The problem with thinking we’re no good is that we start to behave as if it’s true. Low self-esteem can change our behaviour so that we start behave in ways to confirm that we are ‘no good’.

If you have low self-esteem or confidence, you may hide yourself away from social situations, stop trying new things and avoid things you find challenging. This may help in the short term as you can feel a lot safer but in the long term, this avoidance will reinforce your fears. You will then find that the only way to cope is to avoid doing things that are challenging.

Living with low self-esteem can harm your mental health, leading to problems such as depression and anxiety. You may also develop unhelpful habits, such as smoking, drinking excessively, taking drugs etc, as a way of coping.

How can you improve your self-esteem?

Firstly, you need to identify and challenge the negative beliefs that you have about yourself. You could start by writing down all the negatives and then writing evidence that disproves these.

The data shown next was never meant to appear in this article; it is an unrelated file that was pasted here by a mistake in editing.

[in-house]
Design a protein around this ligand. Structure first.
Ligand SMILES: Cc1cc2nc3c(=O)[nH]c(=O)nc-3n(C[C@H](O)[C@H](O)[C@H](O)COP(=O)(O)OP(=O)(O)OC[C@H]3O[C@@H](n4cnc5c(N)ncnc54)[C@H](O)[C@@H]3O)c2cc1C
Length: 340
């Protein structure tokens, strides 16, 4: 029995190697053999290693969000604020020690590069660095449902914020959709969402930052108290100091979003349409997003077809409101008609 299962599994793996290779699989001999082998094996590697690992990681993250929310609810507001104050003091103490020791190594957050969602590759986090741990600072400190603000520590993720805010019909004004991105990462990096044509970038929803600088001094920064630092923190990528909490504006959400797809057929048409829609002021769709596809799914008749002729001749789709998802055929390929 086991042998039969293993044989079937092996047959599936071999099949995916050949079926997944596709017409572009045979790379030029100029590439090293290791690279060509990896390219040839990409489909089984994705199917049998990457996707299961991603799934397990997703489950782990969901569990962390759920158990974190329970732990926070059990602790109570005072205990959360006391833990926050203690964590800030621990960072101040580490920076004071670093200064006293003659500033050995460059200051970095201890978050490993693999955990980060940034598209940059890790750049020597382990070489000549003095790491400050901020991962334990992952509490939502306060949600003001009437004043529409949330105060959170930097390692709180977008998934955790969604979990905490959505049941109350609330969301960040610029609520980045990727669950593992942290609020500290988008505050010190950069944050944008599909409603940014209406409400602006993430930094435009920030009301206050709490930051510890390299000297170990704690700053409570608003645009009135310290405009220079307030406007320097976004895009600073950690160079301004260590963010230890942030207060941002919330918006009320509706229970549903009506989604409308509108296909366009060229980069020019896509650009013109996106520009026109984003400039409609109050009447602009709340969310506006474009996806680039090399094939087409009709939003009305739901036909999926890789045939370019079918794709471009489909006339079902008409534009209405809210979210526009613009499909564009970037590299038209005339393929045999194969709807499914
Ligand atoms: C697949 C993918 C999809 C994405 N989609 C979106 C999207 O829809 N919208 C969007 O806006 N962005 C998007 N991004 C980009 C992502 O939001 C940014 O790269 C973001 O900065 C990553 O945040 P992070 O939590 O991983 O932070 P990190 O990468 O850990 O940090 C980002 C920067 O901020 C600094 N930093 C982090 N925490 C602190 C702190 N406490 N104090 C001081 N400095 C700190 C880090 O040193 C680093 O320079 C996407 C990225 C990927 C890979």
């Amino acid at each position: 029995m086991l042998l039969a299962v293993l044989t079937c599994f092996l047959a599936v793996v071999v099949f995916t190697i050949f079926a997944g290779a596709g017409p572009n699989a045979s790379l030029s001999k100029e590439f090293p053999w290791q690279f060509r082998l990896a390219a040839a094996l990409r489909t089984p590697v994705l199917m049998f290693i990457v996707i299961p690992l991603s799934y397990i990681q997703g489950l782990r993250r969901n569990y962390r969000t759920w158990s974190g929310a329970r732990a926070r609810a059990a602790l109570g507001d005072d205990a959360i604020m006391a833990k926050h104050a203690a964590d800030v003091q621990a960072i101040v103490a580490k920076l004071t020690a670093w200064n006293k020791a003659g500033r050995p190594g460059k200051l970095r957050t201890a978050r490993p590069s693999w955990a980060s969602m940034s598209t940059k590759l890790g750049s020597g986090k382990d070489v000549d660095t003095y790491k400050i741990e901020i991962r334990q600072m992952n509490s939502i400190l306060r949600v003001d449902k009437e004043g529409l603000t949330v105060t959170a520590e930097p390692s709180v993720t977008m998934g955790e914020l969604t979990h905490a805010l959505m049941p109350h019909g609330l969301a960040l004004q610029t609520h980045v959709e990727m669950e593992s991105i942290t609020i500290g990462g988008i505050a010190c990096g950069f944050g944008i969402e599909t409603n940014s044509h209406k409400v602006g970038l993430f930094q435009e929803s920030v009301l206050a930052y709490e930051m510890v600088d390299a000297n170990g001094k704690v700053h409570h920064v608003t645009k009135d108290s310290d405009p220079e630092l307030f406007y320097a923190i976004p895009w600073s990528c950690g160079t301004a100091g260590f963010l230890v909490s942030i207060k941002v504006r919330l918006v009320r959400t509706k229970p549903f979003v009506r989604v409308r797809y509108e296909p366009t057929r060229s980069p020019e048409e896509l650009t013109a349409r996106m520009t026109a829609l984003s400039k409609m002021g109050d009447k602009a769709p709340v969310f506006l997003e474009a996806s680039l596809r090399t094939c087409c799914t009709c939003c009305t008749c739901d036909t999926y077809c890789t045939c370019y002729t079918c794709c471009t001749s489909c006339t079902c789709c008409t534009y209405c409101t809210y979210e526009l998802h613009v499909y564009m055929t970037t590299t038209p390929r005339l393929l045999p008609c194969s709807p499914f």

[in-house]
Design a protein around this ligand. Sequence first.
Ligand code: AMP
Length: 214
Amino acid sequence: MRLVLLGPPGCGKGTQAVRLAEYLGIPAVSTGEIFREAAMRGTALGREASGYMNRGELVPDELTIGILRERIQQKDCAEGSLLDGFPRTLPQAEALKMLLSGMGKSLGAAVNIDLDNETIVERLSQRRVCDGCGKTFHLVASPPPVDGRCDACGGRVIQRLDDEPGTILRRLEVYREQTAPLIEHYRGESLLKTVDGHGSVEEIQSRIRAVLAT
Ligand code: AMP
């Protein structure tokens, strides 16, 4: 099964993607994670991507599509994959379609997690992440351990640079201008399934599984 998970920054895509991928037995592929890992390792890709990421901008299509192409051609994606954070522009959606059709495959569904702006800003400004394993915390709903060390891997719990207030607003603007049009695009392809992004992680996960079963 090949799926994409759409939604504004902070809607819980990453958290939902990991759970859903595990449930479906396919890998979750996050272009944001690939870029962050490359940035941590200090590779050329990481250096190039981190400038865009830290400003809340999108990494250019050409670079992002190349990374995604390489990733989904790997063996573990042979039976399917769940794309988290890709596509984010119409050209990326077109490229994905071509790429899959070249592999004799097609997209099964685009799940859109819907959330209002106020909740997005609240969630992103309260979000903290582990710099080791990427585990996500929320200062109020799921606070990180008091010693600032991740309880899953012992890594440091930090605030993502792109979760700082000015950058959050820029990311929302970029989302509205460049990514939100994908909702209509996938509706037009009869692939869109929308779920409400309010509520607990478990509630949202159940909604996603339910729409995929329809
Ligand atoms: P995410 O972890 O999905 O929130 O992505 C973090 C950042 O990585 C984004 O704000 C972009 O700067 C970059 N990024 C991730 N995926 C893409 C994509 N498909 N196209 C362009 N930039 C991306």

For example: You may feel that you are too stupid to apply for a certain job or that no-one likes you. You could ask yourself when you first started to think these thoughts. Then you can write down evidence that challenges these beliefs. For example: “I have certain qualifications” or “people find me easy to talk to”. You could also write down good things that other people say about you. Keep adding to this list and keep looking at it.

Recognise things that you are good at: We are all good at something, Try to recognize what you are good at and try to do them as often as possible. This will also boost your mood. Focus on your positives and celebrate your successes.

Build positive relationships: Spend more time with people that you have good relationships with. Avoid people that make you feel less good about yourself. Talking to loved ones about how you feel can help you to reassess how you view yourself. Ask them what they like about you - it's likely that they see you differently to how you see yourself.

Be kind to yourself: Be gentle and compassionate to yourself. Try to think what you would say to a friend if they were in a similar situation. Write a list of what you like about yourself. You could include aspects of your personality, your appearance and what you like doing. If you're finding it difficult, ask a friend or loved one to help you.